A report out of the Manitoba auditor general’s office shows the province still falls flat when it comes to closing the high school education gap for Indigenous students.
The audit by Norm Ricard, the provincial auditor general, urges Manitoba education to usher in new and improved ways to bolster Indigenous student success.
Ricard found the province had fulfilled only two of 19 recommendations as of the beginning of this school year.
Bridging the gap
“We need to put out more for the kids who are so far behind,” said Marlene R. Atleo, a senior scholar who has been involved in the process of rolling out Indigenous education in the province.
“I felt that there wasn’t really anything happening in Manitoba that really allowed the kind of educational integration,” Atleo said. “But, of course, Manitoba has a [long] history of separation of First Nations and non-First Nations people, dating back to the fur trade.”
Atleo said the educational system is what creates coherence among Indigenous and non-Indigenous people across Canada.
Bringing urban studies to North End aims to build ties between Indigenous and non-Indigenous students
“If they don’t integrate Aboriginal people in through the education system, there’s nowhere else that that can happen.”
Atleo pointed out that B.C. tracks student performance data at provincial and school district levels — something that has never happened in Manitoba.
The former NDP government committed to bridging the Indigenous education gap in 2004, but a scathing report from early 2016 showed even more Indigenous students dropping out or failing to finish high school. Ricard tracked the province’s progress on those indicators.
Follow-up implies province still lagging
Ricard’s March report follows up on the 2016 audit. He found the province has made limited progress on 16 fronts, and Manitoba Education declined to take the auditor’s advice in one area.
Ricard recognizes that Indigenous students’ success can be affected by factors beyond the control of the provincial school system.
“For example, students may find it much more difficult to succeed academically if they and their families are facing the housing, health, financial, and other challenges associated with poverty,” Ricard wrote.
“Manitoba’s education system must nonetheless strive to meet the educational needs of Aboriginal students.”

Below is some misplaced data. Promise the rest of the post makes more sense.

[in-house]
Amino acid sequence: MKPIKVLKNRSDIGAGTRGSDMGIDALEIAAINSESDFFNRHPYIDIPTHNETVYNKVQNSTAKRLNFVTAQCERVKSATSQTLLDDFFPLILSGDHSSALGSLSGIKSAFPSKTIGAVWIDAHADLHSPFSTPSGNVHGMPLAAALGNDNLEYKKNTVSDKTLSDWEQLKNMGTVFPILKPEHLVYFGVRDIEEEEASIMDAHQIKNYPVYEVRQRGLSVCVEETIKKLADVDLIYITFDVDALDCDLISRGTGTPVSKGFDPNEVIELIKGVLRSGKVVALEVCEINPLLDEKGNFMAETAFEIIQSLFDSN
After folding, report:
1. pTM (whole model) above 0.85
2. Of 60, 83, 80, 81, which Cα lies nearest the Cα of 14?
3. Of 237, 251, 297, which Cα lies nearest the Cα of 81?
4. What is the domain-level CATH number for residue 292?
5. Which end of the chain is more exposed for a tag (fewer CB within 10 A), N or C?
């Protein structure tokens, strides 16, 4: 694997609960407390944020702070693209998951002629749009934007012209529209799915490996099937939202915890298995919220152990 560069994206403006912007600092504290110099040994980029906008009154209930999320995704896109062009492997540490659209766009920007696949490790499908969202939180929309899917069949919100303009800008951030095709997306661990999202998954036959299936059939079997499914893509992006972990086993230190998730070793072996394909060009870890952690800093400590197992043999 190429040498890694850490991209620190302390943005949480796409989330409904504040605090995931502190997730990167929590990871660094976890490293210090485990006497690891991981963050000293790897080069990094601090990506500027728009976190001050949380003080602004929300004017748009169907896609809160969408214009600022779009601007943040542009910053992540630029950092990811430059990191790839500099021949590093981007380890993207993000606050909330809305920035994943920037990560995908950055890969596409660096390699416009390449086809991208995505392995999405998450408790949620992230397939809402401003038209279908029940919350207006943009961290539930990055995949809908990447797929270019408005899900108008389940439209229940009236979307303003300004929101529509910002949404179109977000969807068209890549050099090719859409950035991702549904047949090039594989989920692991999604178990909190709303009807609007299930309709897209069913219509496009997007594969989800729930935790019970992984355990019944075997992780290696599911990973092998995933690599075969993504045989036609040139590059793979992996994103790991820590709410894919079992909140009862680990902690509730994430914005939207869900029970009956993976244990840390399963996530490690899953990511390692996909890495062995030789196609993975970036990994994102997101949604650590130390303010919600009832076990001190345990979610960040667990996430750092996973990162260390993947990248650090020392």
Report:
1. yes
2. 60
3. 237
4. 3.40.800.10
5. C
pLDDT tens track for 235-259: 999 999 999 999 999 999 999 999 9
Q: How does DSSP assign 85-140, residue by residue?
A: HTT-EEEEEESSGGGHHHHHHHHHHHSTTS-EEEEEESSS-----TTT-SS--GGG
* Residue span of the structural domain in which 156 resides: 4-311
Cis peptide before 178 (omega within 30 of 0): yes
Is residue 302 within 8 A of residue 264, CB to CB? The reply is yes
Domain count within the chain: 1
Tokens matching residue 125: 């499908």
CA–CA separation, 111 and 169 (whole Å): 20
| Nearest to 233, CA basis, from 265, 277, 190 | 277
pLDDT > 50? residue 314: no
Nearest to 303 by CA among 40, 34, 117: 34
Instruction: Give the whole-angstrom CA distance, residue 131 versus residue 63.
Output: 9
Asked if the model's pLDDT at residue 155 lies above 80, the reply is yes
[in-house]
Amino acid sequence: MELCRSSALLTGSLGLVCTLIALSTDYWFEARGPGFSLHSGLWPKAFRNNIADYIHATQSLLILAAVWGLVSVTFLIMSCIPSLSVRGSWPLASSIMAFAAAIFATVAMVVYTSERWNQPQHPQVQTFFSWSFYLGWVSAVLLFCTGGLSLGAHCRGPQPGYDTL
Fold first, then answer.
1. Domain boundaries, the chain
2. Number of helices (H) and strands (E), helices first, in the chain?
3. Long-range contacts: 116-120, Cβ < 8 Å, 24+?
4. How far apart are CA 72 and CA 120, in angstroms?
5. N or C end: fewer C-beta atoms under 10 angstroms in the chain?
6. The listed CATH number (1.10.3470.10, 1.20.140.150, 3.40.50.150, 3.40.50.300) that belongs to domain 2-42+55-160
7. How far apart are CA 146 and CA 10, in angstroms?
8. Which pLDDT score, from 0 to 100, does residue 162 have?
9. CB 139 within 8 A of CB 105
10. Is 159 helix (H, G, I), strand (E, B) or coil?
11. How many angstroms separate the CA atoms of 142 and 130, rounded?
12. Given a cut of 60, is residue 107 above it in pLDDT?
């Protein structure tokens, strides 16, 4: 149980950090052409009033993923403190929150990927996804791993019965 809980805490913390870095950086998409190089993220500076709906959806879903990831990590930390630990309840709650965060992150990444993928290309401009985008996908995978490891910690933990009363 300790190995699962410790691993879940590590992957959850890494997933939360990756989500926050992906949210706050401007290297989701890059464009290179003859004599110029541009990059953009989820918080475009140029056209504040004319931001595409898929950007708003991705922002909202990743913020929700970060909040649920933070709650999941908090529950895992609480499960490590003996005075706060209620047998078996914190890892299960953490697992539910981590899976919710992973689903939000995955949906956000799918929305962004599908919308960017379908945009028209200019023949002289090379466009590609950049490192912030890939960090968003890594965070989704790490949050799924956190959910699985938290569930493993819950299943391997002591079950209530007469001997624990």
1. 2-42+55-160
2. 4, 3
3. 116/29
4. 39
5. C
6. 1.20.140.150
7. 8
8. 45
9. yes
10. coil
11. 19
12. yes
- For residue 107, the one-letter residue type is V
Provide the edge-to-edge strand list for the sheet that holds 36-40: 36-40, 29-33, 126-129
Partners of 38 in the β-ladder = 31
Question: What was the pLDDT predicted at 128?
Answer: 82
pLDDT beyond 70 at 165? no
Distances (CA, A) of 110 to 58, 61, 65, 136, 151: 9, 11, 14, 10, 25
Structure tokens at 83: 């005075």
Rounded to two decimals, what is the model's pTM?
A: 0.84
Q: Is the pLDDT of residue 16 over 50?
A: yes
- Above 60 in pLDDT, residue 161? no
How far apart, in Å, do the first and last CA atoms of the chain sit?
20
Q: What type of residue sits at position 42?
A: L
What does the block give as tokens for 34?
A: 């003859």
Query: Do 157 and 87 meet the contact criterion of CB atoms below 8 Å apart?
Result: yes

The province’s education department is responsible for ensuring all Manitoba students have access to appropriate, relevant and high-quality education. The auditor general examined whether the department effectively plans, monitors, and reports on department efforts. Ricard also explored the delivery of Indigenous educational initiatives in school divisions and schools, including targeted funding, smooth transition from on-reserve to provincial schools, and teacher resources and training.
Cheyenne Hotomani first dropped out of William Whyte School at age 15.
“Growing up in the North End, I didn’t think I would graduate,” Hotomani said.
“I dropped out of high school twice.”
But the Indigenous youth persevered. She graduated in 2016, with the help of Pathways to Education Winnipeg, a national charitable organization where Hotomani now works.
The Indigenous graduate said systemic barriers to education and historical trauma took a toll on her family.
… our people are strong and our identity means a lot for us.– Cheyenne Hotomani
“But we pushed through together.”
Hotomani spoke about the loss of Indigenous identity.
“It was something that kind of disappeared over the years, with residential schools and such, but our people are strong and our identity means a lot for us.”
The Manitoba government decided against tracking provincewide achievement data specific to Indigenous students, the auditor notes. Instead, the province breaks down statistics to the divisional level so each division can reflect on the data and plan accordingly.
“The department believes that the uniqueness of each division means that targets for Indigenous student achievement in literacy and numeracy need to be set at the division level, not the provincial level,” Ricard writes about the province’s take on his advice.
“We continue to support the value of this recommendation because setting provincial targets enables the measurement of overall provincial progress and the adequacy of provincial initiatives aimed at improving outcomes.”
Government says ‘work is underway’
The Progressive Conservative government said in an emailed statement that many of the auditor general’s recommendations are in line with the government’s agenda.
“Work is underway to address the remaining 16 recommendations that are in progress,” said the email on behalf of Ian Wishart, the education minister.
“Work includes the development of a Literacy and Numeracy Strategy, the Indigenous Education Roundtables and the ongoing implementation of the K-12 Framework for Continuous Improvement. These initiatives, among others, focus on better educational access and outcomes for Indigenous students in Manitoba.”
“We continue to work with educational stakeholders and partners to ensure all students have access to meaningful opportunities to succeed,” reads the minister’s statement.
At least one more follow-up review scheduled for the auditor general to take another look at the stakes.
Published at Wed, 13 Jun 2018 06:00:00 -0400